Germany is flexing its muscles.

The German government recently announced a massive increase in military spending to counter Russian military action in Europe. The German Aerospace Center (DLR) has cancelled its bilateral cooperation with Russia following that move. It looks like the Spektr-RG space telescope, a joint mission between Russia and Germany, is the first casualty of the cancelled partnership.

Germany operates the eROSITA x-ray instrument on Spektr-RG. It’s the primary instrument on the spacecraft and performed the first imaging all-sky survey in the medium-energy x-ray range. It was studying study black holes, the large-scale structure of the Universe, and galactic x-ray sources.

On March 3rd, the DLR released this statement stating their position and cancelling their cooperation with the Russian space agency Roscosmos:

“As one of the largest research organizations in Europe, the German Aerospace Center (Deutsches Zentrum für Luft- und Raumfahrt; DLR) is committed to engaging in international cooperation for the benefit of society and industry. DLR employs staff from 96 countries. They stand for the peaceful coexistence of all nations and peoples. Violence should never be a means to achieve objectives of any kind. We, therefore, view the developments in Ukraine with grave concern and condemn Russia’s hostile actions.”

“DLR and the German Space Agency at DLR have been cooperating with Russian institutions on a number of research projects, in some cases with the participation of other German research organizations and universities, and international partners.”

“Against the backdrop of the aggressive attack on Ukraine, the DLR Executive Board is taking the following measures:

All collaboration activities with Russian institutions on current projects or projects in the planning stage will be terminated.There will be no new projects or initiatives with institutions in Russia.

“Where necessary, DLR will enter into coordination with other national and international partners.”

That statement doesn’t leave room for any equivocating. But there’s a tense back-and-forth between Russia and Germany right now. And between Russia and everybody else.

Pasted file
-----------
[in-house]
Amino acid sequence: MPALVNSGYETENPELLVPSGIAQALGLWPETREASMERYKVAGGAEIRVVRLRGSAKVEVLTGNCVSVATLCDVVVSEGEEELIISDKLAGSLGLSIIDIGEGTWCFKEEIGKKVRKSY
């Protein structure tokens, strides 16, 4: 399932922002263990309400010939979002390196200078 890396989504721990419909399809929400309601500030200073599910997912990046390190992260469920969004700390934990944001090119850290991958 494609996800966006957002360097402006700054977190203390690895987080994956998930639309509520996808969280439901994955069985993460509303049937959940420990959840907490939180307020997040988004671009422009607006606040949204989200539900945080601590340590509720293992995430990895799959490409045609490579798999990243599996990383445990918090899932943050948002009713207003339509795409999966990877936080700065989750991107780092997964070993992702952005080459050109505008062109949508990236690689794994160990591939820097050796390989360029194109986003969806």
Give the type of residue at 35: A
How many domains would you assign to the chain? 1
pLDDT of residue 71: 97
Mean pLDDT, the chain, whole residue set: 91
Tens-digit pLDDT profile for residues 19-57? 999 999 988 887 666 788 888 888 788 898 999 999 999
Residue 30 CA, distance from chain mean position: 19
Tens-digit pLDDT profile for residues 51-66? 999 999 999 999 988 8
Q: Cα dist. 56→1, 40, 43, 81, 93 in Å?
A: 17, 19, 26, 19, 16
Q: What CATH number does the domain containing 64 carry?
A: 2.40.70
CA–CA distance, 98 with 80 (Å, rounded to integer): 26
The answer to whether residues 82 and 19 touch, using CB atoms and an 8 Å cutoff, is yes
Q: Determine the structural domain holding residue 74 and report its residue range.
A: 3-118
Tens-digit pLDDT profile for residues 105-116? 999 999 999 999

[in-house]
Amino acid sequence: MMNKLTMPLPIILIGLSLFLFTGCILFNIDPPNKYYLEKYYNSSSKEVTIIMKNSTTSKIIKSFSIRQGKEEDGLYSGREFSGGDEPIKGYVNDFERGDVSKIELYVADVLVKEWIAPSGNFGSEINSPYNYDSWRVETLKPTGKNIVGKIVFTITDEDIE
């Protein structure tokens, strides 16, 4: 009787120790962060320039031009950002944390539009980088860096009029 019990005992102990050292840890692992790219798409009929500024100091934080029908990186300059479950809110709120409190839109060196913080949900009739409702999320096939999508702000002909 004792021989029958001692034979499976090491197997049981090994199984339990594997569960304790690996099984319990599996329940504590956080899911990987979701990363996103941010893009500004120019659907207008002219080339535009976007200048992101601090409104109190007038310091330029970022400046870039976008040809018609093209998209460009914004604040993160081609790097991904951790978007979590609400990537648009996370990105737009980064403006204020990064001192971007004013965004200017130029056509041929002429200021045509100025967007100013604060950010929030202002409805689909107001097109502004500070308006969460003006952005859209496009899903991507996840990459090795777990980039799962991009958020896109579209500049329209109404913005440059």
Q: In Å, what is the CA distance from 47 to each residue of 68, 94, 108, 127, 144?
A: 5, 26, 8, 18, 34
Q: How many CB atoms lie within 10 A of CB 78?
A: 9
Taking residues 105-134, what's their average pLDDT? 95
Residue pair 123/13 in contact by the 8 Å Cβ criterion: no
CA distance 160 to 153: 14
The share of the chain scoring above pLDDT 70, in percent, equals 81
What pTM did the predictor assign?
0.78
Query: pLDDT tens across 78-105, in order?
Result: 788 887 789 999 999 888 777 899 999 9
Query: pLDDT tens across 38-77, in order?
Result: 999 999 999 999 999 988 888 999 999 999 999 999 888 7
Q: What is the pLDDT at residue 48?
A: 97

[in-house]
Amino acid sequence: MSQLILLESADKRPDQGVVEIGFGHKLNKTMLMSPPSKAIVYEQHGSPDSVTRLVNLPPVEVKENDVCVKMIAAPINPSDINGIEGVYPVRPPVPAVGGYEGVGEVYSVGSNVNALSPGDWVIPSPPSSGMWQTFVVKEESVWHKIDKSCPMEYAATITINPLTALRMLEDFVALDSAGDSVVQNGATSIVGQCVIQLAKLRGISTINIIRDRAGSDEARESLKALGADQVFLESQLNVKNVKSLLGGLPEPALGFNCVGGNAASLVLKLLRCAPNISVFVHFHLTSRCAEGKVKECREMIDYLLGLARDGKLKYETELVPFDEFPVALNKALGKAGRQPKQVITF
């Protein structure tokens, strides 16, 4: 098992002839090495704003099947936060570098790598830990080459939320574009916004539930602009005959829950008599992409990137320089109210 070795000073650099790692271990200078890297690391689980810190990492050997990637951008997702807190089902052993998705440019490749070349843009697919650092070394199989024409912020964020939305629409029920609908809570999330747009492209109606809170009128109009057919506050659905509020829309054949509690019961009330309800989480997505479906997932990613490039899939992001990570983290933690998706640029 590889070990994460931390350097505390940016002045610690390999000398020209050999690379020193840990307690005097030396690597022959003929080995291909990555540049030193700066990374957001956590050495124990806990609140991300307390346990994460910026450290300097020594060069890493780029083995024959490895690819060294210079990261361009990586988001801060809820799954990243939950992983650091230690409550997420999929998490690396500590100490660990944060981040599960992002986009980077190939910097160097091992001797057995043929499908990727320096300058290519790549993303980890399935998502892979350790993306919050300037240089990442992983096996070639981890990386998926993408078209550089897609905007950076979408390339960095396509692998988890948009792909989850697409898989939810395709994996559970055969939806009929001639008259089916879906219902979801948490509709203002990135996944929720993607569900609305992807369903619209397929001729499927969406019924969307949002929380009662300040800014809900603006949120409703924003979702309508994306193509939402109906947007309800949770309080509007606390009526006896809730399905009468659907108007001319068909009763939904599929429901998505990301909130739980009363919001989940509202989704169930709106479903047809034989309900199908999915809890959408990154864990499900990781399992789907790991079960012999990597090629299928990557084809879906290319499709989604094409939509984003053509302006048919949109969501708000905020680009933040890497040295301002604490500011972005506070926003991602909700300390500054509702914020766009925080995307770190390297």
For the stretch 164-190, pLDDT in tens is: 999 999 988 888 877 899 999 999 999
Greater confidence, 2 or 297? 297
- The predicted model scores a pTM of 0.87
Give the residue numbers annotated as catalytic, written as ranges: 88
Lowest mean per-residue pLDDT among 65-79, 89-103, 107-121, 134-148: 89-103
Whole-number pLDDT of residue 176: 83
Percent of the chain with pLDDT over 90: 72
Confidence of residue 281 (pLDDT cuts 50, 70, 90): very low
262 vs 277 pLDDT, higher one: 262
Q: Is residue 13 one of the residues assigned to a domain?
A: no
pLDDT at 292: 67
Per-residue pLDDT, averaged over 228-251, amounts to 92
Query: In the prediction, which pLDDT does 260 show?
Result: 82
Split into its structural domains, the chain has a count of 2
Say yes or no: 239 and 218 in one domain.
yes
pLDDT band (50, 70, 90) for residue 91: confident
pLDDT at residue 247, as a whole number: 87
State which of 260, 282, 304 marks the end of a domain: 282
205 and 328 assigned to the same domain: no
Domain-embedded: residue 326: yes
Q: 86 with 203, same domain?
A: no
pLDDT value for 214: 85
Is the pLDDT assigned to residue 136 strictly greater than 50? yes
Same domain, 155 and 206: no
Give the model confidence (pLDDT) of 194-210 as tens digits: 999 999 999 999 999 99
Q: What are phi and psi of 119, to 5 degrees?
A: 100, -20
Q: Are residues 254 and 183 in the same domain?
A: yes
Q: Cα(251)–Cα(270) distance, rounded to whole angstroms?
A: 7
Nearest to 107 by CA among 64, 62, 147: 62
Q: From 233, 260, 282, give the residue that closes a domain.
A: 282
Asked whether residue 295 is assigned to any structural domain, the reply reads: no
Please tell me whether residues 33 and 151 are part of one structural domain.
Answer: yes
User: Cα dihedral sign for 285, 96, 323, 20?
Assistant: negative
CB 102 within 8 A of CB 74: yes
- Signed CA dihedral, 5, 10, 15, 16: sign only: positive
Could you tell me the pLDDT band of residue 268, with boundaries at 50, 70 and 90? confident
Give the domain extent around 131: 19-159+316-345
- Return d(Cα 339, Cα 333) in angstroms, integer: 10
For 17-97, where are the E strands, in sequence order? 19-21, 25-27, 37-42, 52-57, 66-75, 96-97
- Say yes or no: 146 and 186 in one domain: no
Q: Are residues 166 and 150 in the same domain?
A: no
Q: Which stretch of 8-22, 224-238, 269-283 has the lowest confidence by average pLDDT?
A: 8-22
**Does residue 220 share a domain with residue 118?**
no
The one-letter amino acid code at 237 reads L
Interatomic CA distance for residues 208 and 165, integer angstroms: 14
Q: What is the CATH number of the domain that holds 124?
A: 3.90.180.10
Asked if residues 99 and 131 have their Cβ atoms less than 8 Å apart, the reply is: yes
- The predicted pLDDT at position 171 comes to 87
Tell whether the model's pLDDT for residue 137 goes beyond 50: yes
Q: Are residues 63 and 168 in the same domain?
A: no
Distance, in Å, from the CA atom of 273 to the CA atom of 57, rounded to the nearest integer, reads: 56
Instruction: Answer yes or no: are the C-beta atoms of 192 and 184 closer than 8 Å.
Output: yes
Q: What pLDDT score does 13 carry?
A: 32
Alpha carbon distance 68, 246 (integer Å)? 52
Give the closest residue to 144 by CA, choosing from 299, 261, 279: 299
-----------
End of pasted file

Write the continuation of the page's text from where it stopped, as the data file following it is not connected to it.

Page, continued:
Roscosmos Director Dmitry Rogozin said, “Taking into account the completely unacceptable actions of our German colleagues, primarily the German Centre for Aviation and Cosmonautics, I turned off one of the telescopes of our space observatory ‘Spektr-RG,’ which is located at a distance of 1.5 million kilometres from Earth at the La Grange point L2. This is a completely civilian international mission to explore the starry sky,” Rogozin said, failing to notice the irony in his statement about “a completely civilian international mission” as the Russian armed forces kill Ukrainian civilians. Rogozin also said that Russia has all the essential resources to conduct the experiments by itself. Will the international scientific community care about the results of the investigations? Will any journals publish those results?

Roscosmos followed that up with a statement about cooperating with Germany on the ISS:

“The State Corporation will not cooperate with Germany on joint experiments on the Russian segment of the ISS. Roskosmos will conduct them independently.”

Dmitry Rogozin does not come across as a sober-minded individual. On his Twitter account, he engages in unhinged threats and mockery of people like American astronaut Scott Kelly.

Some of Rogozin’s tweets seem comically inept and out of touch. He sounds like a relic from another time.

According to Google Translator, Rogozin’s tweet says: “Sir Winston Churchill, we will certainly convey your words to our liberal doves, with camomile in their beak, calling for peace on the terms of the West and Bandera.”

Germany isn’t the only entity ending its cooperative space activities with Russia. OneWeb, a satellite communications company in the UK, also cancelled its working arrangement with Roscosmos. OneWeb is launching a